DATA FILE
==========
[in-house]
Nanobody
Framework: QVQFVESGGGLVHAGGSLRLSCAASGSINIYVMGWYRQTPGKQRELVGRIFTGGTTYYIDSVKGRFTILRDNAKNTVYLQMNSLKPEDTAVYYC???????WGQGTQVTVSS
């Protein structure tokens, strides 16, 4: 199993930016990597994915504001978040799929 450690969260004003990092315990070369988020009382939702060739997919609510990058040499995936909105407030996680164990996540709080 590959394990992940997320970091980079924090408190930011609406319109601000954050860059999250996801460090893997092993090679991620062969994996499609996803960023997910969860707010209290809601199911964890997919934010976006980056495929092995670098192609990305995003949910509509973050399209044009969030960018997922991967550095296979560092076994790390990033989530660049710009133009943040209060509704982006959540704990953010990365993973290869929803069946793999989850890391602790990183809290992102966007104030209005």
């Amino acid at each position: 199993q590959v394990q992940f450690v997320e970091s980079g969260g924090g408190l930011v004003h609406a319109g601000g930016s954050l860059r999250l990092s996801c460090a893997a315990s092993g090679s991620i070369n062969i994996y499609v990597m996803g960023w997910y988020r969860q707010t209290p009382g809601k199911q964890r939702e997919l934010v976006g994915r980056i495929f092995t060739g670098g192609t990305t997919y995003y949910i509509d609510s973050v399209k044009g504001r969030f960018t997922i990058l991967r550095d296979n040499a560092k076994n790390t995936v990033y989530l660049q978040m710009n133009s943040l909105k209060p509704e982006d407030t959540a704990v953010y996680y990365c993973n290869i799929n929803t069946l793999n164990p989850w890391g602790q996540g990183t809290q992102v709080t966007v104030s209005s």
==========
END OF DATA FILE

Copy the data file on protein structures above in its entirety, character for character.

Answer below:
[in-house]
Nanobody
Framework: QVQFVESGGGLVHAGGSLRLSCAASGSINIYVMGWYRQTPGKQRELVGRIFTGGTTYYIDSVKGRFTILRDNAKNTVYLQMNSLKPEDTAVYYC???????WGQGTQVTVSS
């Protein structure tokens, strides 16, 4: 199993930016990597994915504001978040799929 450690969260004003990092315990070369988020009382939702060739997919609510990058040499995936909105407030996680164990996540709080 590959394990992940997320970091980079924090408190930011609406319109601000954050860059999250996801460090893997092993090679991620062969994996499609996803960023997910969860707010209290809601199911964890997919934010976006980056495929092995670098192609990305995003949910509509973050399209044009969030960018997922991967550095296979560092076994790390990033989530660049710009133009943040209060509704982006959540704990953010990365993973290869929803069946793999989850890391602790990183809290992102966007104030209005």
């Amino acid at each position: 199993q590959v394990q992940f450690v997320e970091s980079g969260g924090g408190l930011v004003h609406a319109g601000g930016s954050l860059r999250l990092s996801c460090a893997a315990s092993g090679s991620i070369n062969i994996y499609v990597m996803g960023w997910y988020r969860q707010t209290p009382g809601k199911q964890r939702e997919l934010v976006g994915r980056i495929f092995t060739g670098g192609t990305t997919y995003y949910i509509d609510s973050v399209k044009g504001r969030f960018t997922i990058l991967r550095d296979n040499a560092k076994n790390t995936v990033y989530l660049q978040m710009n133009s943040l909105k209060p509704e982006d407030t959540a704990v953010y996680y990365c993973n290869i799929n929803t069946l793999n164990p989850w890391g602790q996540g990183t809290q992102v709080t966007v104030s209005s």